In 1966, Ratzinger was appointed to a chair in dogmatic theology at the University of Tubingen. In his 1968 book “Introduction to Christianity,” he wrote that the pope has a duty to hear differing voices within the church before making a decision, and he downplayed the centrality of the papacy.

Ratzinger continued to defend the work of the Second Vatican Council, including Nostra aetate, the document on respect of other religions, ecumenism and the declaration of the right to freedom of religion.

During his time at Tubingen University, Ratzinger published articles in the reformist theological journal “Concilium.” In 1969, Ratzinger returned to Bavaria, to the University of Regensburg and co-founded the theological journal “Communio” in 1972, which is now published in 17 languages, including German, English and Spanish.

In 1976, he suggested that the Augsburg Confession be recognised as a Catholic statement of faith. He served as Vice President of the University of Regensburg from 1976 to 1977. In 1976, he was appointed a Prelate of Honour of His Holiness. His intense scientific activity led him to key positions.

Archbishop and Cardinal: 1977 - 2005

On March 25, 1977, Pope Paul VI named him Archbishop of Munich and Freising and received his Episcopal ordination on May 28 the same year. He was the first Diocesan priest for 80 years to take on the pastoral governance of the great Bavarian Archdiocese. He chose as his Episcopal motto a phrase from 3 John 8: “Fellow Worker in the Truth.”

On June 27, 1977, he was elevated a Cardinal by Pope Paul VI, with the titular church of St. Mary of Consolation in Tiburtina. In 1978, he took part in the Conclave which elected John Paul I, who named him his Special Envoy to the III International Mariological Congress celebrated in Ecuador in September. In October, he took part in the Conclave that elected Pope John Paul II.

On November 25, 1981, Pope John Paul II named him the Prefect of the Congregation for the Doctrine of the Faith, President of the Pontifical Biblical Commission and President of the International Theological Commission.

In 1993, he was promoted within the College of Cardinals to become Cardinal Bishop of Velletri-Segni. In 1997, when he turned 70, Ratzinger requested Pope John Paul II’s permission to become an archivist in the Vatican Secret Archives but was not granted. On November 30, 2002, Pope John Paul II approved his election as Dean of the College of Cardinals.

Benedict was Special Papal Envoy for the Celebration of the XII Centenary of the foundation of the Diocese of Paderborn in Germany on January 3, 1999. He had been an Honorary Academic of the Pontifical Academy of Sciences since November 13, 2000.

Pope: 2005 - 2013

As the Dean of the College of Cardinals, he presided the deliberations in General Congregation during the Vacancy of the Holy See on April 2, 2005. In the same capacity, he presided at the Funeral Mass for Pope John Paul II on April 8, 2005, and the Mass for the Election of the Supreme Pontiff on April 18, 2005.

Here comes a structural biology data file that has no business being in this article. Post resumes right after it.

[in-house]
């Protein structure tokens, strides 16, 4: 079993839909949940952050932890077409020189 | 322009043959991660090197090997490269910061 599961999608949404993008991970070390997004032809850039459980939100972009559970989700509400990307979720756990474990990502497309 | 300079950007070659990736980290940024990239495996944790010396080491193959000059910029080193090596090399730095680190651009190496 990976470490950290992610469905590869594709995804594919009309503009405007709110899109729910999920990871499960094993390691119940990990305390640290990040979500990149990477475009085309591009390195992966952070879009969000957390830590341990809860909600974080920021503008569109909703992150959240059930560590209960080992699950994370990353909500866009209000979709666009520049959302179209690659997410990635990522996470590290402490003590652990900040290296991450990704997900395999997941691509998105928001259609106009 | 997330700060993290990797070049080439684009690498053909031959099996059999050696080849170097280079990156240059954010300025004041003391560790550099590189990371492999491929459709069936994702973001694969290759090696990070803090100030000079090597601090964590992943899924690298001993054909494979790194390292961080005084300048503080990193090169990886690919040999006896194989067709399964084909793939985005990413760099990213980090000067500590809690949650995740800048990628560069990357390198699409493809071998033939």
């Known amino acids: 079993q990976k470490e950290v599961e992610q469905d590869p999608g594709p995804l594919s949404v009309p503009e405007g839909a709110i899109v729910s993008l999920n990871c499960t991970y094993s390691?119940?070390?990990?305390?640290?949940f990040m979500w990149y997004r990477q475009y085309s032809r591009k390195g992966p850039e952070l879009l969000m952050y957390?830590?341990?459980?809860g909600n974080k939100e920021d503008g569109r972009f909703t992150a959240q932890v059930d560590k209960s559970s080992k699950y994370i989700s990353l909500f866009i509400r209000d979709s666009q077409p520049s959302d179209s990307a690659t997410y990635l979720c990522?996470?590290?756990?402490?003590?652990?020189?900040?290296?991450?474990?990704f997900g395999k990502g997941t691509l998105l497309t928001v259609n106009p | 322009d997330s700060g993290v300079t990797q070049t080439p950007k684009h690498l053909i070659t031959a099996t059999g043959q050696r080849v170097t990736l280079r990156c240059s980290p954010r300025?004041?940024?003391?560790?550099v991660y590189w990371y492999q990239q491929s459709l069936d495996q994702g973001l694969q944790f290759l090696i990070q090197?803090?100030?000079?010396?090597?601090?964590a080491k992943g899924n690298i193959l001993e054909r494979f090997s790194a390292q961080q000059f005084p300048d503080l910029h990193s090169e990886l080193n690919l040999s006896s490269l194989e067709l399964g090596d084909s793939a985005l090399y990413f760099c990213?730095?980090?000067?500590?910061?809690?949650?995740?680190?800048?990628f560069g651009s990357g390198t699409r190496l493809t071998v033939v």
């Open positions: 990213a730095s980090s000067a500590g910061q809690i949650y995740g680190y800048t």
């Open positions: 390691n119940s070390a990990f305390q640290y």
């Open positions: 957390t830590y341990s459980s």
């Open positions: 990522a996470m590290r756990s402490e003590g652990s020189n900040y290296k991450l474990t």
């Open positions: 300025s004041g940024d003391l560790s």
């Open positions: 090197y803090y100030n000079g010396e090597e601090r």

Then the Cardinals inaugurated the Conclave for the election of the successor to St. Peter, under the presidency of Cardinal Ratzinger. The single vote that afternoon produced no election. In the morning of April 19, 2005, two ballots of the Conclave produced no election. However, on the first ballot of the afternoon, the fourth of the Conclave, Cardinal Ratzinger was elected.

At the balcony, Benedict’s first words to the crowd were, “Dear brothers and sisters, after the great Pope John Paul II, the Cardinals have elected me, a simple, humble labourer in the vineyard of the Lord.

The fact that the Lord knows how to work and to act even with insufficient instruments comforts me, and above all, I entrust myself to your prayers. In the joy of the Risen Lord, confident of his unfailing help, let us move forward. The Lord will help us, and Mary, His Most Holy Mother, will be on our side. Thank you.”

On April 24, he celebrated the Papal Inauguration Mass, during which he was invested with the Pallium and the Ring of the Fisherman. On May 7, he took possession of his cathedral, the Archbasilica of St. John Lateran.

The Pope explained his choice of name during his first general audience in St. Peter’s Square, on April27, 2005. He began using an open-topped papal car, saying that he wanted to be closer to the people. Benedict continued the tradition of his predecessor and baptized several infants at the beginning of each year, in his pastoral role as Bishop of Rome.

On May 9, 2005, Benedict XVI began the beatification process for Pope John Paul II, waiving the five-year rule. The decision was announced on May 13, 2005, the Feast of Our Lady of Fatima and the 24th anniversary of the attempt on John Paul II’s life. John Paul II often credited Our Lady of Fátima for preserving him on that day.

During his Pontificate, Benedict XVI canonised forty-five faithful. On October 7, 2012, Benedict named the 34th and 35th individuals as Doctors of the Church. As pontiff, Benedict XVI conducted numerous Apostolic journeys across the world, travelling extensively during his first three years of papacy.